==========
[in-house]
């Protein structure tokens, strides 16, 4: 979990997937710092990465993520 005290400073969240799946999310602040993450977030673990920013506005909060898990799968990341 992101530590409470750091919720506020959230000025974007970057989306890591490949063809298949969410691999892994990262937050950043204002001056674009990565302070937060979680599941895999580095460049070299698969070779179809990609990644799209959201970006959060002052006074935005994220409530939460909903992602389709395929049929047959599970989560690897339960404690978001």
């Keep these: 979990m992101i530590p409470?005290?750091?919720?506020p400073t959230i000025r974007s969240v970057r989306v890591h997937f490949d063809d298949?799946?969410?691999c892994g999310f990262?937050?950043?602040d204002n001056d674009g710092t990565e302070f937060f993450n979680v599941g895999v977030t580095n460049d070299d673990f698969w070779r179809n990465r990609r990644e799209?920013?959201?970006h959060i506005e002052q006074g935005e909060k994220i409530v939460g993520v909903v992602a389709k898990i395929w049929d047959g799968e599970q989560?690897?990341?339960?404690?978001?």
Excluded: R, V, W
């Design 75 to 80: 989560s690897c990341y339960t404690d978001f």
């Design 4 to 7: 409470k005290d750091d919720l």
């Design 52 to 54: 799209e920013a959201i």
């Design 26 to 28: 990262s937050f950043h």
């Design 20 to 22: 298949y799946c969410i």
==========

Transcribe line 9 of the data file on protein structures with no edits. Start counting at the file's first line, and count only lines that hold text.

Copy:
């Design 20 to 22: 298949y799946c969410i």